Genetic and fossil analysis published in July suggests penguins quit flying and became swimmers some 60 million years ago.
Scientists theorize penguins lost the ability to fly and, as a result, have developed hyper-specialized marine bodies over 60 million years of evolution, according to a study published in Nature. The team identified a number of genes that supported the rapid adaptation, including ones related to thermoregulation, diving, vision, diet, oxygenation, body size, and immunity, researchers noted in the study.
The team used the genomes from existing penguins and compared them to recently extinct members of the species, Live Science reported. The oldest known penguin fossil is 62 million years old, one of the study’s co-authors, Daniel Ksepka, noted. Penguins were already flightless at this point, he told Live Science, but they looked very different to what modern humans know to be penguins.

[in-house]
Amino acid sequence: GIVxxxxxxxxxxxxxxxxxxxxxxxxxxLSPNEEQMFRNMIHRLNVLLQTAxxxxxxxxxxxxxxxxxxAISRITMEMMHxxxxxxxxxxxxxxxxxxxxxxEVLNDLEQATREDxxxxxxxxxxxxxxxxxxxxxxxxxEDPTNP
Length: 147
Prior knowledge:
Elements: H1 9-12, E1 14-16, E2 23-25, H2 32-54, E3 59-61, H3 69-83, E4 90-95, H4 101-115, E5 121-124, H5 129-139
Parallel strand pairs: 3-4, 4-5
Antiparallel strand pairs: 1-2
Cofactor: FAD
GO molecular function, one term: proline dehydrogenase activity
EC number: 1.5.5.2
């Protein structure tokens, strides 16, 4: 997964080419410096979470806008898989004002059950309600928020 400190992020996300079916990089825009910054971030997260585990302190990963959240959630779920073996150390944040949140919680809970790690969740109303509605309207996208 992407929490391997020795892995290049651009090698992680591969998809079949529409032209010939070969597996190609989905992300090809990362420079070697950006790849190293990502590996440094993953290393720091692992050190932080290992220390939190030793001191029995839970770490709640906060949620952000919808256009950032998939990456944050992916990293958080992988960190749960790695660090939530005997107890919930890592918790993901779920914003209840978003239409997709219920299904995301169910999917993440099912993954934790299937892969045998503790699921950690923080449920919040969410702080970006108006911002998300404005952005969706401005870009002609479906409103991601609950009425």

Ancient penguins had longer legs and beaks, and their wings still appeared to be more traditionally bird-like rather than the flipper-like wings we see today, Ksepka noted to the outlet. “These early ones are probably evolving from a puffin-like animal that could still fly through the air,” he explained.
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Analysis suggested penguins originated somewhere near what is known today as New Zealand, before spreading out to South America and Antarctica, Live Science continued. Their movements around the globe were likely helped by natural glacial and interglacial periods, the researchers hypothesized, according to the outlet.
There are 18 species of penguin alive today, according to BirdLife International. All of said species reside almost fully in the southern hemisphere, the site noted. (RELATED: Mummified Wolf Pup Unearthed In Adorable Condition)
Despite their rapid evolution, penguins are evolutionarily slower compared to other bird species, the researchers argued. Roughly 75% of all the penguin species that modern science had uncovered have already gone extinct, Ksepka said, according to Live Science.